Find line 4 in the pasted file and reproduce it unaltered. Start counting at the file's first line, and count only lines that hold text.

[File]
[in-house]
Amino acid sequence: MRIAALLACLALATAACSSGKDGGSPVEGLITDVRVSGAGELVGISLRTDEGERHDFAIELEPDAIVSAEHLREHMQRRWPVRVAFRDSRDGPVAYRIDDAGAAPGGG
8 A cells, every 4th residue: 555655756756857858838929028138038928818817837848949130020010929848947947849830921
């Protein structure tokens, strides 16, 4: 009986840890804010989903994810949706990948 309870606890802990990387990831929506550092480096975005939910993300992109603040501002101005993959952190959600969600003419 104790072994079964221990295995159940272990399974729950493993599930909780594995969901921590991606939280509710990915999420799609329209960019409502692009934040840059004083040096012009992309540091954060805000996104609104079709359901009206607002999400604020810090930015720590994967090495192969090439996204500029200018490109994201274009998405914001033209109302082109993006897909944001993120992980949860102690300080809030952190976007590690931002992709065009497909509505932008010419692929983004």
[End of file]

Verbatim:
């Protein structure tokens, strides 16, 4: 009986840890804010989903994810949706990948 309870606890802990990387990831929506550092480096975005939910993300992109603040501002101005993959952190959600969600003419 104790072994079964221990295995159940272990399974729950493993599930909780594995969901921590991606939280509710990915999420799609329209960019409502692009934040840059004083040096012009992309540091954060805000996104609104079709359901009206607002999400604020810090930015720590994967090495192969090439996204500029200018490109994201274009998405914001033209109302082109993006897909944001993120992980949860102690300080809030952190976007590690931002992709065009497909509505932008010419692929983004």